They’re more like adult endurance athletes than we once thought.
Most of us know children who can run and play for hours and hours, taking only short rests. As a parent or caregiver, it can be exhausting.
For scientists, why this is the case has long been the source of debate — is it due to fitness? Or something else?
Our study published in April looked at performance and recovery of children and adults doing strenuous cycling. It shows children not only out-perform most adults, but can perform as well as highly-trained adult endurance athletes, and then recover even faster afterward.
Tired from parenting? Blame your muscles. Image via The Conversation/Shutterstock.
Children’s muscles are different
Repeated experiments have shown that the muscles of children tend to fatigue more slowly than adults’.
These results seem to fly in the face of what science would predict. For example, children have shorter limbs, so they have to take more steps and should therefore theoretically use more energy.
Children are also less able to make use of tendon energy return systems — that is, they store less energy in their tendons so they can’t reuse this energy to propel themselves during movement.
And children show greater activity in muscles that oppose or control movement, a reflection of the fact that typically they are less skillful and therefore, use more energy.
So, how do their muscles stay fresh?
Aerobic and anaerobic exercise
One possible explanation for the remarkable muscle endurance of children could be their different use of energy pathways.
Anaerobic (“oxygen-independent”) pathways produce large amounts of energy without the need for oxygen but tend to cause rapid fatigue. For example, sprinters rely on anaerobic metabolism to run fast over short distances.
Aerobic (“oxygen-dependent”) pathways tend to produce energy at a slower rate but allow us to work for many hours without muscle shutdown, like in a well-run marathon.
We know from existing research that children seem to be able to get more of their energy from aerobic pathways than adults, minimizing the fatiguing anaerobic contribution. Their aerobic machinery also kicks into gear faster than adults, so they don’t need to rely as much on anaerobic metabolism when exercise first starts.
These benefits are believed to partly result from children having a greater proportion of so-called “slow-twitch” muscle fibers, which have a greater activity of important enzymes that drive the release of energy from aerobic pathways.
Such findings prompted us to speculate that children’s muscles might actually respond to exercise in a similar way to adult endurance athletes’, since they too show these characteristics.
Let’s go cycling
We tested our speculation in a study run by researchers at Université Clermont Auvergne, in France.
Children (average age 10.5 years), young adults (21.2 years) with a similar physical activity level as the children, and age- and height-matched endurance-trained male athletes (21.5 years) were asked to complete two cycling tests on a stationary bicycle.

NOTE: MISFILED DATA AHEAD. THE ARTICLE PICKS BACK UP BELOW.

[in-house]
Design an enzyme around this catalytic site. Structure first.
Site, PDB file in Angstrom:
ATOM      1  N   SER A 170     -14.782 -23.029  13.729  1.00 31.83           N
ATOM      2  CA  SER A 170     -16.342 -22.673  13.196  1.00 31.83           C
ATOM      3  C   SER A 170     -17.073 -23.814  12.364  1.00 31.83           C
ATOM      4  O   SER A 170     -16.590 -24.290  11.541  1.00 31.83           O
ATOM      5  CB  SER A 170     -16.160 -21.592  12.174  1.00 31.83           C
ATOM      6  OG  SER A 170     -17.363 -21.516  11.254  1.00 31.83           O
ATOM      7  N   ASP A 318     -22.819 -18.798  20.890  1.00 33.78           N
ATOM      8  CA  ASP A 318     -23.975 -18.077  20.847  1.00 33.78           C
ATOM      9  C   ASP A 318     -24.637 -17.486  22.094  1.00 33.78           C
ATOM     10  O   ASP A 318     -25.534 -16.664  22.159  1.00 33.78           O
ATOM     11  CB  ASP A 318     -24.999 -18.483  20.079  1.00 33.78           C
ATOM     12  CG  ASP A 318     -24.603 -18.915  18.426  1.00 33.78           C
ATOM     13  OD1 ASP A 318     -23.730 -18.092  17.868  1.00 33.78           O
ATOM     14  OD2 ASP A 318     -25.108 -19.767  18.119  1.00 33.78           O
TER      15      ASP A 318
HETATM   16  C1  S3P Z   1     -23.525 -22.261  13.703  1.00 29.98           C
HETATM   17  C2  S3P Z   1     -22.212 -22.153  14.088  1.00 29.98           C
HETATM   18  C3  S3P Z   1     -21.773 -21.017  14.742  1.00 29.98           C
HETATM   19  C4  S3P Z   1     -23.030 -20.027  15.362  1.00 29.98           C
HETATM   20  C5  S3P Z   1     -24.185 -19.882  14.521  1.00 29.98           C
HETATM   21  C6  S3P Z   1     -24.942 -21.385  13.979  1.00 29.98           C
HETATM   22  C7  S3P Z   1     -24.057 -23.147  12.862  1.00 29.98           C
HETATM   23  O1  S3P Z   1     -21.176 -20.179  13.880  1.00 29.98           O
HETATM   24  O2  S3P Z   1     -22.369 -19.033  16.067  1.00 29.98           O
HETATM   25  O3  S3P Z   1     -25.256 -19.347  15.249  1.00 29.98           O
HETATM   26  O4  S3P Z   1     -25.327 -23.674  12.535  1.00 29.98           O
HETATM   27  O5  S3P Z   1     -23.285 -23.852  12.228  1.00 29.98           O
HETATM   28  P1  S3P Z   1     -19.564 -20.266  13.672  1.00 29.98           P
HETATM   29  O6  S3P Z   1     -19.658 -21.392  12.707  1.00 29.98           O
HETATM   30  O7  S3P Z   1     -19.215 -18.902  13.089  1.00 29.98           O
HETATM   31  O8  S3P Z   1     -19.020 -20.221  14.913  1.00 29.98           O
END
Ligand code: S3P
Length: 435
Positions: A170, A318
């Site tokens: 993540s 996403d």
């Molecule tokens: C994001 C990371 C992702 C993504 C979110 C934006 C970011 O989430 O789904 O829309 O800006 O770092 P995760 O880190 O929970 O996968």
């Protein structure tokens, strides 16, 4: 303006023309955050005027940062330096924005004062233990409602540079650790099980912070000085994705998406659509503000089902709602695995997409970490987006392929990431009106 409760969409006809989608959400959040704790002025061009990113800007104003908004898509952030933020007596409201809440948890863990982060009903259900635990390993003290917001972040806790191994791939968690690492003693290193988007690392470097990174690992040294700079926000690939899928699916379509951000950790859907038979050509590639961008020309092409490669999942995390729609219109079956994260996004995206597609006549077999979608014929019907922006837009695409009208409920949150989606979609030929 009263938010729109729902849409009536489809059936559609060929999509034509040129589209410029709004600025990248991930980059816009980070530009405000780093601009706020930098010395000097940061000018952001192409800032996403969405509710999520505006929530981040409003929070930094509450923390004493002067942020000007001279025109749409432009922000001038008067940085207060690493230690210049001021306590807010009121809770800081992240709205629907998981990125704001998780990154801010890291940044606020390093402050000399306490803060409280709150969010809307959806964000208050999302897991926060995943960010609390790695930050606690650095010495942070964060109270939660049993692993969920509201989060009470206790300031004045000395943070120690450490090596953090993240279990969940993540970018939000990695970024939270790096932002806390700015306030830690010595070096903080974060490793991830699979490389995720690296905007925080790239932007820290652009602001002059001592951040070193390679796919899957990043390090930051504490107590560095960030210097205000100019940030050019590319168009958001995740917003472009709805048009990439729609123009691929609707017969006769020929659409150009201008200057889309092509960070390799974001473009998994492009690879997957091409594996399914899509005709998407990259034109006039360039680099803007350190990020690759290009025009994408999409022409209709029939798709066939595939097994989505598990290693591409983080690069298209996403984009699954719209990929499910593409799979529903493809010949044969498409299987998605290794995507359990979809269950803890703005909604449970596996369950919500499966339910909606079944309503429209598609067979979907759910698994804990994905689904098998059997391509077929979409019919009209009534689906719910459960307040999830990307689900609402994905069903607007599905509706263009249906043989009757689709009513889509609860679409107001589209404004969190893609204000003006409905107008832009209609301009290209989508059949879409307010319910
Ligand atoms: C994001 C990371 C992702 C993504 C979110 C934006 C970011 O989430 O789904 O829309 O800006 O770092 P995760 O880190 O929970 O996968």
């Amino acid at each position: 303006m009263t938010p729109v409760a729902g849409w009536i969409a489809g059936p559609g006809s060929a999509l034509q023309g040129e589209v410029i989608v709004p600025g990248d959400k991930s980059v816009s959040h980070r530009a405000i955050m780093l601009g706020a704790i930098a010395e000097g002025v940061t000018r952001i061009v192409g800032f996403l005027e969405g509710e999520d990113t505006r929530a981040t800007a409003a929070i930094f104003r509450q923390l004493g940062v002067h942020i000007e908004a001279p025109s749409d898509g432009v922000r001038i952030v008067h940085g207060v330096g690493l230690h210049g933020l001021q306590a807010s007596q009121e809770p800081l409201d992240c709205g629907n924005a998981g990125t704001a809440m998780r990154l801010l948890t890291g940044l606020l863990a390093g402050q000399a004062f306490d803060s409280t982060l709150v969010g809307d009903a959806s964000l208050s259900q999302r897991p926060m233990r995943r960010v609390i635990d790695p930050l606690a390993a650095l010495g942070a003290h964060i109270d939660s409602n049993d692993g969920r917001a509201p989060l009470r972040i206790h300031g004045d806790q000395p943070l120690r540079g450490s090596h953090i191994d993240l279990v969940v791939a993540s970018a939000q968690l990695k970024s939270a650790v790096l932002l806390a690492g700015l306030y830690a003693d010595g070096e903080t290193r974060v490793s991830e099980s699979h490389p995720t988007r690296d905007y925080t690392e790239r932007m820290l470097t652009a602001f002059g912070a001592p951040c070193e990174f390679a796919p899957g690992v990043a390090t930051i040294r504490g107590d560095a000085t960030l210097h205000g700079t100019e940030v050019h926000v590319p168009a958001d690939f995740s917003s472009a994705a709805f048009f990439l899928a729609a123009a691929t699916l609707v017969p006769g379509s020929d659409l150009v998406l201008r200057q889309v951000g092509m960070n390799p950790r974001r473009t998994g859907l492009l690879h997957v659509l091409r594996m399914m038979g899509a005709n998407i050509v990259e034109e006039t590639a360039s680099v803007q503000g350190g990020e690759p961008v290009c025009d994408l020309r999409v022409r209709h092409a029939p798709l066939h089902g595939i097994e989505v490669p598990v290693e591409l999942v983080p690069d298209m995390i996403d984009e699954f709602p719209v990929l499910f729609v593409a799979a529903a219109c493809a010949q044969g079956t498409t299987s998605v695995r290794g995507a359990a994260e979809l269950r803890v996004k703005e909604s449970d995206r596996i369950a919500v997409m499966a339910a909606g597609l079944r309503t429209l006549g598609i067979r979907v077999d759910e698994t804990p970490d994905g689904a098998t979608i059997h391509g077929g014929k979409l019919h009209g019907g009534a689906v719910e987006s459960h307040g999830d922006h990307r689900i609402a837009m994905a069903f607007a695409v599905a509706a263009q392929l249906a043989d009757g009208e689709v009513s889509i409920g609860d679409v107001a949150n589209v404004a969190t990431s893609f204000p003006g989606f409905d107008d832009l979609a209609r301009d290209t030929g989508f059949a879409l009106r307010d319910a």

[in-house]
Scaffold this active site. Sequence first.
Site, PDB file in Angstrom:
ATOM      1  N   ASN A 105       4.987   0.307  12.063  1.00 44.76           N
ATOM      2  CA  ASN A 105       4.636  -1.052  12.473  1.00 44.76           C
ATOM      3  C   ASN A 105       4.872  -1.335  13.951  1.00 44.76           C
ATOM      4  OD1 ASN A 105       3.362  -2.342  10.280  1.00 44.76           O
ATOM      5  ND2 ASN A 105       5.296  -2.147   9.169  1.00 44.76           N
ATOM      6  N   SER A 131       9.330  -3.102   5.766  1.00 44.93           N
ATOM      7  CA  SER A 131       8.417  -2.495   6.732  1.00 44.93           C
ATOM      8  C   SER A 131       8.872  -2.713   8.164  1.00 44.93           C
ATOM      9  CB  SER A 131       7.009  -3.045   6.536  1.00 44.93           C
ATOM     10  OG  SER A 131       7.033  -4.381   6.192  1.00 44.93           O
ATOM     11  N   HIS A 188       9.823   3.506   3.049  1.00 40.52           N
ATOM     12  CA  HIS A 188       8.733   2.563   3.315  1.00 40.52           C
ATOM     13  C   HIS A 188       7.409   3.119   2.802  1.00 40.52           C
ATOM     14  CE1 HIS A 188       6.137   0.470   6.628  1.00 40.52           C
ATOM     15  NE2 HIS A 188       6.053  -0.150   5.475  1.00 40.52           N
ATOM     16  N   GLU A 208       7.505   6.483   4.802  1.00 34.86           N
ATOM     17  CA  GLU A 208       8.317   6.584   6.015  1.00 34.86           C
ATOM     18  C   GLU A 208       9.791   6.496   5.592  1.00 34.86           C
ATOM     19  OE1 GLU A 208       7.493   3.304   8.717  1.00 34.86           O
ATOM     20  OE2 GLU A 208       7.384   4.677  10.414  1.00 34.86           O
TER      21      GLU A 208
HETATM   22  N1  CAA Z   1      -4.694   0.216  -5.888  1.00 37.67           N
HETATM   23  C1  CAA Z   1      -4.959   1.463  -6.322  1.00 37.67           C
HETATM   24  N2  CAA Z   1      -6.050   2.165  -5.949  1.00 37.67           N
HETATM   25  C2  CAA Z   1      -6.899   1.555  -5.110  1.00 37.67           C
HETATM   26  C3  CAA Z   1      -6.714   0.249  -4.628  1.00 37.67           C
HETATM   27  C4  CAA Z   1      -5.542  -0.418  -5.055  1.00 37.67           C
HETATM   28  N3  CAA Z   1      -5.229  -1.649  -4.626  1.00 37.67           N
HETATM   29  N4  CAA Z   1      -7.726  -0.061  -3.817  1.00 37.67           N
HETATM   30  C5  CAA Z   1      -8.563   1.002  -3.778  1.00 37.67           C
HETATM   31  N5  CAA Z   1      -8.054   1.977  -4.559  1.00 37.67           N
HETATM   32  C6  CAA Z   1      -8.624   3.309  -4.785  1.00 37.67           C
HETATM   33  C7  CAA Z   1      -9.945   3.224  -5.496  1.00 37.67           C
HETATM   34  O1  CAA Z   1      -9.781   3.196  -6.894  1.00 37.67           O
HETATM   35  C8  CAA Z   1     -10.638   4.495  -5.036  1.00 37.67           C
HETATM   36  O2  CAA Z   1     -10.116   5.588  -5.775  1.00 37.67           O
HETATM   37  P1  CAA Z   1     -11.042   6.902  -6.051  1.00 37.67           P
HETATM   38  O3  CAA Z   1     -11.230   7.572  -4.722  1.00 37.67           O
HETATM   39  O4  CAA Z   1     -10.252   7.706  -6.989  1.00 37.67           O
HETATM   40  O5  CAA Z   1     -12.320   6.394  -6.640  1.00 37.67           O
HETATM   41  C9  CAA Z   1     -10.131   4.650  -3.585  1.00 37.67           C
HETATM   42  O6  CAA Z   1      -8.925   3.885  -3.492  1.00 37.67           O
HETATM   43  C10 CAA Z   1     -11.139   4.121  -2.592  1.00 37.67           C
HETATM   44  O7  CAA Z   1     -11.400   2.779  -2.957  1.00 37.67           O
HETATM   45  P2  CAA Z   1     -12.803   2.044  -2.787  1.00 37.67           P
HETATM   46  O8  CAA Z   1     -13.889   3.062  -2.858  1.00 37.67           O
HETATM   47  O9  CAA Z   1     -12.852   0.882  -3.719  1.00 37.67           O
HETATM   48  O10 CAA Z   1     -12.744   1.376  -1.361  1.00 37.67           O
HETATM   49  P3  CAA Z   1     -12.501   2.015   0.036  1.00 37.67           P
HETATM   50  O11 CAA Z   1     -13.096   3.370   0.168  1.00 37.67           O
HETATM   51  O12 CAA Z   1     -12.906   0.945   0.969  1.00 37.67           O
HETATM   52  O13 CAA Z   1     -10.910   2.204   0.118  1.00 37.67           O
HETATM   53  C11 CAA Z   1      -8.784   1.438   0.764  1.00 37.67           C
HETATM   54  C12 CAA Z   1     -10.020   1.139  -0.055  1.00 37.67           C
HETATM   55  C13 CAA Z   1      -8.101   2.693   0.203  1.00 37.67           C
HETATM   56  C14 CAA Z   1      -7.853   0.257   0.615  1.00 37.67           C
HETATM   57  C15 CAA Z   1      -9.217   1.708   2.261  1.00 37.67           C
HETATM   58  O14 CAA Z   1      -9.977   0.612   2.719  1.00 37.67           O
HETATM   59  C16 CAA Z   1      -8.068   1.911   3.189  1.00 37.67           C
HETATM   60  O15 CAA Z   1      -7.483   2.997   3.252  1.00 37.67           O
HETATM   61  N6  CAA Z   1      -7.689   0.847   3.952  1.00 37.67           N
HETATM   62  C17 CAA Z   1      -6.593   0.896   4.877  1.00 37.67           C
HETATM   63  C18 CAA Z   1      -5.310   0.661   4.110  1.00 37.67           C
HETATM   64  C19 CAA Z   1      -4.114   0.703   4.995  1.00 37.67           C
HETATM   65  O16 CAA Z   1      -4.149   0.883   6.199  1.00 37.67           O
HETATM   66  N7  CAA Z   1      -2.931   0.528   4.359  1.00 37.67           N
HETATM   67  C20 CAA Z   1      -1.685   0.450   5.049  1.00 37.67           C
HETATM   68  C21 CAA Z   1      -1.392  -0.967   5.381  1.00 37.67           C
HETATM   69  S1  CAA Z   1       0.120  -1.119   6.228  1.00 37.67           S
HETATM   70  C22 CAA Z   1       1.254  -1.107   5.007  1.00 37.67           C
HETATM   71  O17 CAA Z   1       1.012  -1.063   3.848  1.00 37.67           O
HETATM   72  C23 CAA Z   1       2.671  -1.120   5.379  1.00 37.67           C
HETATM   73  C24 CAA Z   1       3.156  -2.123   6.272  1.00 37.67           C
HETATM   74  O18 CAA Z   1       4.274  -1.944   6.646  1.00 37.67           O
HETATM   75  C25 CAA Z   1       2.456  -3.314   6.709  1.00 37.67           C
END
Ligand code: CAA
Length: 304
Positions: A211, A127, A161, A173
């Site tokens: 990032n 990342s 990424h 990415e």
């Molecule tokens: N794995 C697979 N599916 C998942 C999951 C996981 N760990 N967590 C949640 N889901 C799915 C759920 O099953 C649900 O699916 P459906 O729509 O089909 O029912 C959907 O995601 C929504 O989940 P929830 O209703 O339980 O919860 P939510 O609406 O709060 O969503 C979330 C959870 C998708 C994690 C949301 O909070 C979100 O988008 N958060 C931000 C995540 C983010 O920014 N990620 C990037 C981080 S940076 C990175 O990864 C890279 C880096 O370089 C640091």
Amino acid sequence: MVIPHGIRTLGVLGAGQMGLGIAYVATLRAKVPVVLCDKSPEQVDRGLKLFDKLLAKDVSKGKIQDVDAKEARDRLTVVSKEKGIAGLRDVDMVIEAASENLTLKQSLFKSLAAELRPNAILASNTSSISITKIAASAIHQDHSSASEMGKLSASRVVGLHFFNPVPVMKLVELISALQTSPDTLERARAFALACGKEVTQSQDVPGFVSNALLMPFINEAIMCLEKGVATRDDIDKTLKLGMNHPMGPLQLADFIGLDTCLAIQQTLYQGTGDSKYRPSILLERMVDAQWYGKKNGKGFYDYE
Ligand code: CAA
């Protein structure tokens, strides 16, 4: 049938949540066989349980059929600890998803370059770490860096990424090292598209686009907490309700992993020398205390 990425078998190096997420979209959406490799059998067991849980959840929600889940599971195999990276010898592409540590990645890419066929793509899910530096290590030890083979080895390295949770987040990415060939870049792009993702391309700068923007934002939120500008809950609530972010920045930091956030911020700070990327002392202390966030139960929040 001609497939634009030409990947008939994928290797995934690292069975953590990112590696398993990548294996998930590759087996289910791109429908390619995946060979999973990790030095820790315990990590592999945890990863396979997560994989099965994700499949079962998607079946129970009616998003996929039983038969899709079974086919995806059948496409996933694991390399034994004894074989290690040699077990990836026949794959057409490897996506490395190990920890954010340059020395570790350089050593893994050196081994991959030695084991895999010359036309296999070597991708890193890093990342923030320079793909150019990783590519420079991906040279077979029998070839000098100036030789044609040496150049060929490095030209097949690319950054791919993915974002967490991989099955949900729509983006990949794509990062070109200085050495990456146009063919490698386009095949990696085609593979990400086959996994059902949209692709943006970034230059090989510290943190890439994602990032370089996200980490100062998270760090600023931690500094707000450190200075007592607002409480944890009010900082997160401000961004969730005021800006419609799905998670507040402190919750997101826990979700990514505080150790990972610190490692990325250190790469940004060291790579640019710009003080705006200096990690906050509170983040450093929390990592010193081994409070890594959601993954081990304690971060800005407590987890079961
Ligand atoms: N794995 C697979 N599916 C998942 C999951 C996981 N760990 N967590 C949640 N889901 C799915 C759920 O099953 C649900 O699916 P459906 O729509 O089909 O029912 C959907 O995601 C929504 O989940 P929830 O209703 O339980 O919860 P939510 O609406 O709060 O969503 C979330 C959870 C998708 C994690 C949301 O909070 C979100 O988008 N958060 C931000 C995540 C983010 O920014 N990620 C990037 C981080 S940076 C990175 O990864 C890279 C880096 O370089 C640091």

In the first test, power output was continually increased until exhaustion. In the second test, the subject completed a 30-second all-out cycle sprint. These tests allowed us to measure numerous physiological responses to exercise and assess both the rate of fatigue and then recovery specifically during brief, maximal-intensity exercise.
We found that the children fatigued as much in the all-out cycle as the endurance-trained athletes (about 40% loss of power) and much less than the untrained adults (about 50% loss).
Data also show that the proportion of energy derived from aerobic pathways in the 30-second cycle sprint was similar in the children and athletes, and more than in untrained adults.
These results clearly show that fatigue rates in response to high-intensity exercise may be the same in children as they are in highly-trained adult endurance athletes and that this is associated with an incredible generation of energy from aerobic energy pathways.
But data collected during recovery from the exercise also revealed startling outcomes. The rate at which oxygen use declined after the exercise was the same in children and athletes. The rates at which heart rate returned to normal and lactate (a compound associated with muscle fatigue) cleared from the blood were even faster in the children, and again, much faster than in untrained adults.
These data show that children’s muscles recover rapidly from high-intensity exercise, possibly revealing why children are able to produce repeated exercise efforts when most of us adults continue to feel exhausted.
How children’s muscles work
Such data provide strong hints as to how to optimize exercise and sporting performance in children.
Children might benefit from short, high-intensity exercise bouts to boost anaerobic capacity and a focus on movement skill, muscular strength, and other physical attributes more than in adults.
Adults (and adolescents), on the other hand, may need to place a greater emphasis on improving their muscle aerobic capacity.
There may also be important health implications. Metabolic diseases, including diabetes and many forms of cancer, are increasing in prevalence in adolescents and younger adults but are still rarely seen in children. It might be the case that the loss of muscle aerobic capacity between childhood and early adulthood is a key maturation step that allows metabolic diseases to take hold.
It will be interesting in the future to examine the link between muscle maturation and disease and test whether the maintenance of our childhood muscles through exercise training might be the best medicine to prevent disease.
Either way, at least we now have some idea as to why children are able to play and play and play when we adults need to take a break. Kids are already elite.